Last Saturday my heart missed a beat. A call informed me that our Yamuna centre was in danger of being closed as authorities were clearing the banks of the river and ominous looking bulldozers and tractors accompanied by large posses of policemen and officials had descended on the flood plain and were busy razing fields and structures.
Not knowing what would transpire, we decided to move the more expensive items that were in the centre. One by one all that had brought the outside world to these free spirited children was packed and taken away: the computers, the solar panels, the water filter, the music system… everything that the children had so loved for the past years. It was their hopes for a better tomorrow, their dreams for a brighter future, their aspirations and their right to be children. It was heart wrenching. We decided to leave the structure and basic learning aids in place. We were not ready to give up yet. We would play the waiting game.
On Sunday, Dharmendra our centre manager visited the centre and children and many parents came to him asking for the centre to remain opened. They being survivors felt that things would fall in place. I guess they had encountered many such occurrences in the past. For us it was a fist and I must admit scary!
Come Monday and over 60 kids turned bright and early with a smile on their face. You can see them in the picture above. I visited them and felt a pinch in my heart as they sat books opened studying attentively in spite of there not being any light or fan or their favourite computers and music system! The centre did look a little desolate but for the moment we had no option but to wait and see what happened before bringing everything back.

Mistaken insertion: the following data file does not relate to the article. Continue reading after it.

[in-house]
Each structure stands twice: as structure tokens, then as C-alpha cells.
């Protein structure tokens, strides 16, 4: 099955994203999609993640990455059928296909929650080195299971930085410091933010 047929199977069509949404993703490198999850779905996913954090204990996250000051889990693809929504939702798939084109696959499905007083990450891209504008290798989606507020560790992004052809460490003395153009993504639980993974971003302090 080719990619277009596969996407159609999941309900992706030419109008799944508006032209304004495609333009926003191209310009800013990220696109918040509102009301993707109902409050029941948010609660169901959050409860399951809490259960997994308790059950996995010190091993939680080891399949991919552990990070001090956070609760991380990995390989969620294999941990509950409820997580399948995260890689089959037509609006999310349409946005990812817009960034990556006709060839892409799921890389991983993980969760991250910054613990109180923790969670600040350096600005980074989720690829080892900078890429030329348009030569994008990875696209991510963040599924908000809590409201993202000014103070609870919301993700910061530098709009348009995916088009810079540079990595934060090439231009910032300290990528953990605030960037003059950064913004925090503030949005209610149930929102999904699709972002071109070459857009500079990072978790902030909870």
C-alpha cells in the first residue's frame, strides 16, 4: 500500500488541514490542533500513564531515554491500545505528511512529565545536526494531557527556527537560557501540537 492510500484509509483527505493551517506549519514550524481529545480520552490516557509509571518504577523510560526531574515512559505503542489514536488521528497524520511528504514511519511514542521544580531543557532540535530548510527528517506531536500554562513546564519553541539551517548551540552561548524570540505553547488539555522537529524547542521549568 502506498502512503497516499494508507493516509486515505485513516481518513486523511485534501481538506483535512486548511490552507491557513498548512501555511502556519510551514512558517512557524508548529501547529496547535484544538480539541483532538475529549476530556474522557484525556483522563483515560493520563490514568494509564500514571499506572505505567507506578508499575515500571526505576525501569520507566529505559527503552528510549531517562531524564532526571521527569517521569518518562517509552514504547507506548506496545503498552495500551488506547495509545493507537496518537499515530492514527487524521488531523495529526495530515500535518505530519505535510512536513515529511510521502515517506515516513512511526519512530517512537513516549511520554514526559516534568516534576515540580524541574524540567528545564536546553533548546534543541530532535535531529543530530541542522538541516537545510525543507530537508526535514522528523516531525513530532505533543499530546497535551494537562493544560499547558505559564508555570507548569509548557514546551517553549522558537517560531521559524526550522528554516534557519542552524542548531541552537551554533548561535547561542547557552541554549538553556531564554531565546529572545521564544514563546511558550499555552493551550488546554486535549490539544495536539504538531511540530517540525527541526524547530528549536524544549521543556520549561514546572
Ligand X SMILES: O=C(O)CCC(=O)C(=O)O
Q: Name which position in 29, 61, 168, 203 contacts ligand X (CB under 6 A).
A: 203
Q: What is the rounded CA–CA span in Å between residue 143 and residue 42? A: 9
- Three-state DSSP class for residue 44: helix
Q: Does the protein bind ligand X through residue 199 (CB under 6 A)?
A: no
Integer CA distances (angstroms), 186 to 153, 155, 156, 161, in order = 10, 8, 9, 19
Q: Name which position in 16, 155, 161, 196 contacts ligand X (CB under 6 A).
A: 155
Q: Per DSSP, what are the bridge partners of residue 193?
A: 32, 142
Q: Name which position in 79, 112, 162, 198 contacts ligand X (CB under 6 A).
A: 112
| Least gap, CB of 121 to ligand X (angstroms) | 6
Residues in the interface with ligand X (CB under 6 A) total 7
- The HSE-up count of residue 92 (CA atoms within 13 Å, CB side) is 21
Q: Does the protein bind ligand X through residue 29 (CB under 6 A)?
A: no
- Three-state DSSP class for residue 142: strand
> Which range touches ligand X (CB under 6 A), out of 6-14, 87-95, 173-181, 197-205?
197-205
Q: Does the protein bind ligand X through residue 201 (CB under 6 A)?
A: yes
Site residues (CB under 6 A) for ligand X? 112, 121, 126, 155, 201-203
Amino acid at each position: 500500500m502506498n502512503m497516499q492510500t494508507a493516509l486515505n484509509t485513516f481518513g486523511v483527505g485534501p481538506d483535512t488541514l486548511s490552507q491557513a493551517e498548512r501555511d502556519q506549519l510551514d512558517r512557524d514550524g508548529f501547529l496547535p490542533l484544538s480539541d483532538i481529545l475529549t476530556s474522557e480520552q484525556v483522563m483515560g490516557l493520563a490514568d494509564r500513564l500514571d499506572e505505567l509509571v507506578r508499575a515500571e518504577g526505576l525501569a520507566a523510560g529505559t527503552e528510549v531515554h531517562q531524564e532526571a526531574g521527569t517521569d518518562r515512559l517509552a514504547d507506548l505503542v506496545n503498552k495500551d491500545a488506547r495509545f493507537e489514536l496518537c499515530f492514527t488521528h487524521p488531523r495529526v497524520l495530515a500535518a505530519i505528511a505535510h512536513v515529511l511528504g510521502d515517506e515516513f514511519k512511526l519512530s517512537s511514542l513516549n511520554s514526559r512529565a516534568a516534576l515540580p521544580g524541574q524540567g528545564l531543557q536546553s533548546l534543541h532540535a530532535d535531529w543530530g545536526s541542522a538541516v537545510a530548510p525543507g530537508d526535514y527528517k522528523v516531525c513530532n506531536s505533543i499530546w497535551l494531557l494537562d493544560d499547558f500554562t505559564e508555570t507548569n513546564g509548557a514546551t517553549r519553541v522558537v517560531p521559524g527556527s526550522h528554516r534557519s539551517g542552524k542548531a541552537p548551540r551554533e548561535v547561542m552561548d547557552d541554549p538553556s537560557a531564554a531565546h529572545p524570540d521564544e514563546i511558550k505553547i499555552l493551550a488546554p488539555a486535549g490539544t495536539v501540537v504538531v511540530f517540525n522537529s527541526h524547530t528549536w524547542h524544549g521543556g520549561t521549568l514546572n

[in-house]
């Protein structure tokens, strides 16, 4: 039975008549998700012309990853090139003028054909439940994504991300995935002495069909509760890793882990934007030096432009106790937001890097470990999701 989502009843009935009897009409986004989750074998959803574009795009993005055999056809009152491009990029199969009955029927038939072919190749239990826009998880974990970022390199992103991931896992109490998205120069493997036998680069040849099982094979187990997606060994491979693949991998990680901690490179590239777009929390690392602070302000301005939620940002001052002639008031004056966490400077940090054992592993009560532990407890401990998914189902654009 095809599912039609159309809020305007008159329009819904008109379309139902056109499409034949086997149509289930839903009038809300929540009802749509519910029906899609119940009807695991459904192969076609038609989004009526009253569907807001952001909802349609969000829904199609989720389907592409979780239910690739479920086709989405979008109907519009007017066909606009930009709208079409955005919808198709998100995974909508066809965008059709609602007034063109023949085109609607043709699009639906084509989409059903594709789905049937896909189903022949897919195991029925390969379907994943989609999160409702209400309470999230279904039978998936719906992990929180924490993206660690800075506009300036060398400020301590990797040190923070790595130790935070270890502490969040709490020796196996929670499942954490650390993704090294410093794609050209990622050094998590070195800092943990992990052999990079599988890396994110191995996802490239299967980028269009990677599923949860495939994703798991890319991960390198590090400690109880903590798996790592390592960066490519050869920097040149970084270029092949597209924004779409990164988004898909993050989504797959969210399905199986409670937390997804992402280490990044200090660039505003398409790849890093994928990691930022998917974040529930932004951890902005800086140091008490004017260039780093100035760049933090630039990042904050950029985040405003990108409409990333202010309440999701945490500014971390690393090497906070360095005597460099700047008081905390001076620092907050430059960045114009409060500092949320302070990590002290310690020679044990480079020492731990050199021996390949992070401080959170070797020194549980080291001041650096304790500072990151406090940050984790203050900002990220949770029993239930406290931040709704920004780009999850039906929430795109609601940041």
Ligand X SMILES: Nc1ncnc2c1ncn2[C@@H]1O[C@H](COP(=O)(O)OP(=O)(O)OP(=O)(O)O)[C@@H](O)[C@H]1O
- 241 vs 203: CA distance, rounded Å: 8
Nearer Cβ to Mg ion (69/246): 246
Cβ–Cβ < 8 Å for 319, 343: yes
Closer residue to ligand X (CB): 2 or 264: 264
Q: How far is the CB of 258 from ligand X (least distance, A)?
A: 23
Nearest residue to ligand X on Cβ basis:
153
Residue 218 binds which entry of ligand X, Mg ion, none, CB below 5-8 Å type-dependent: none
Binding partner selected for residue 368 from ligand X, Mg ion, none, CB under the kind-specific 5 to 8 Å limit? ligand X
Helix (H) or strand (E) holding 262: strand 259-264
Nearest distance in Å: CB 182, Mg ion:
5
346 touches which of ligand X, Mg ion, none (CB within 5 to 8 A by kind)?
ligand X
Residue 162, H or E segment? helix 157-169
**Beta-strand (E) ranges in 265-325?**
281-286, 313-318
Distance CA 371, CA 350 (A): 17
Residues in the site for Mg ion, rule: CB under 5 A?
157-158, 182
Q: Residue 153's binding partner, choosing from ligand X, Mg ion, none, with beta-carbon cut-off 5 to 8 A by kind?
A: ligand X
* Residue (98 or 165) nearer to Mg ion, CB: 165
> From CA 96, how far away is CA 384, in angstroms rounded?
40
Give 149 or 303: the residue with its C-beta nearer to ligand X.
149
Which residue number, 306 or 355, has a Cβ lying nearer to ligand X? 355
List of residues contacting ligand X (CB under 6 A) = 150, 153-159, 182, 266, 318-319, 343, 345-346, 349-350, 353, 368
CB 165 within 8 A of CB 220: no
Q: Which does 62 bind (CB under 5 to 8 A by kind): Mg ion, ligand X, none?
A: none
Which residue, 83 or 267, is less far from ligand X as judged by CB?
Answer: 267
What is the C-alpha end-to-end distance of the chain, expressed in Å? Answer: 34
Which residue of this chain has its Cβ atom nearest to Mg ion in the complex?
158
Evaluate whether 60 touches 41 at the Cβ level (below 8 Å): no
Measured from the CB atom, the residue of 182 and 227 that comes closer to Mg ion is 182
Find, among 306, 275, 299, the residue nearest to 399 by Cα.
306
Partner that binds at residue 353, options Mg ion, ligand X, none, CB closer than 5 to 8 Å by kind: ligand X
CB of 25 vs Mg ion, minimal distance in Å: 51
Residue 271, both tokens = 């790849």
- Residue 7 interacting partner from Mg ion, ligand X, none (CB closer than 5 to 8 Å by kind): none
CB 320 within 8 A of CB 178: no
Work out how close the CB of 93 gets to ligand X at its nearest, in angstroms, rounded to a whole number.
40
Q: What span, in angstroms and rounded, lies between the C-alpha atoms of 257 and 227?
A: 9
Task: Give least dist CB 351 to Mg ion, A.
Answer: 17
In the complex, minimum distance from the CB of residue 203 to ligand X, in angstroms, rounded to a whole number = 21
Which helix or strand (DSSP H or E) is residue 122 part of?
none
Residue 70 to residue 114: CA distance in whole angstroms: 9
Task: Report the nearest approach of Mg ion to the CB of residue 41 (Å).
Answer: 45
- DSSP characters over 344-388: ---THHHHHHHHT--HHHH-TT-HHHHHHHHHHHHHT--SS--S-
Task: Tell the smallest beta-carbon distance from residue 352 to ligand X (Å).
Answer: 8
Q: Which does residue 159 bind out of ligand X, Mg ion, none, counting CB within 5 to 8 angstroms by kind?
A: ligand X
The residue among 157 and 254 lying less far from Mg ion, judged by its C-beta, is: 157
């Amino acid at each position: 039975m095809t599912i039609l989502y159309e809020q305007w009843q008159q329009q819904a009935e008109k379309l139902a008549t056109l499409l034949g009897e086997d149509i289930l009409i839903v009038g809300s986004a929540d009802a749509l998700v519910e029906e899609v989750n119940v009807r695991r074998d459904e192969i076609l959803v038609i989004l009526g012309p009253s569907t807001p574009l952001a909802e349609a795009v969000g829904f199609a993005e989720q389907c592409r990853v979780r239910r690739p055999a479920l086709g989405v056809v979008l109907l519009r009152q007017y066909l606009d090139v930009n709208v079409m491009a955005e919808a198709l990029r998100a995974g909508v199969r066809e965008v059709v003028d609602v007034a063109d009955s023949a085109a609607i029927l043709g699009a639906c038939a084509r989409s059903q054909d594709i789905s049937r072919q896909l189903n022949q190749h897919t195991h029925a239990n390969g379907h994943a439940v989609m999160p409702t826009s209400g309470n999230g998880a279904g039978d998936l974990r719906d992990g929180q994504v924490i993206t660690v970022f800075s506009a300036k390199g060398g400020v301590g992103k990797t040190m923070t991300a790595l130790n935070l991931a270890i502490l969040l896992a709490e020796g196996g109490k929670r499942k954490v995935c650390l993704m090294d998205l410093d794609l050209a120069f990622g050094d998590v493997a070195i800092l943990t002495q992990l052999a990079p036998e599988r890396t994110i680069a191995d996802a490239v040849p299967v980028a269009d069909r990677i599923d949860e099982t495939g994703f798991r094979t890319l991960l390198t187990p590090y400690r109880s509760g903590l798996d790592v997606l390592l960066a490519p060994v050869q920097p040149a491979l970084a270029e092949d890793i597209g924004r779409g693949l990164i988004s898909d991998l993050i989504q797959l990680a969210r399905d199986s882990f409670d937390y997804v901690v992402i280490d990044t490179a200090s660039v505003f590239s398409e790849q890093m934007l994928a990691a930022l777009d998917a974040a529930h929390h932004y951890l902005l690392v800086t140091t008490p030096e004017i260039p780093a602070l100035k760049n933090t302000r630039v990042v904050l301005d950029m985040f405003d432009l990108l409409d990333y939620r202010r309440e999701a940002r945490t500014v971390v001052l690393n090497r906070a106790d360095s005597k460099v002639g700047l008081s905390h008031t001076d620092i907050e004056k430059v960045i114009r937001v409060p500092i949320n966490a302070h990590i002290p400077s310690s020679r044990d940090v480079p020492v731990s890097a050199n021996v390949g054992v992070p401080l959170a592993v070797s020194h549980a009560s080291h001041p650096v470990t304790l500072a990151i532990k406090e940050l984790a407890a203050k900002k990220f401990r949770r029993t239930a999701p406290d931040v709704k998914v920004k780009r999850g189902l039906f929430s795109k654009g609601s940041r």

The Yamuna children are undoubtedly our most spirited and lovely ones. They are generous and large hearted, always smiling and willing to do anything you ask them. They are bright and have an unfathomable hunger to learn. Five of them have made up for lost years and are ready to sit for their class X exams this year. We have to stand by them in every way possible.
But Saturday’s incident had brought to light the fragility of this centre. True some people have papers but the Damocles sword hangs on their heads and should it fall then they have no option but pack up their belongings and move on. The question is where? Back to their villages or somewhere else in the city? No one knows.
We will continue our work as long as we can.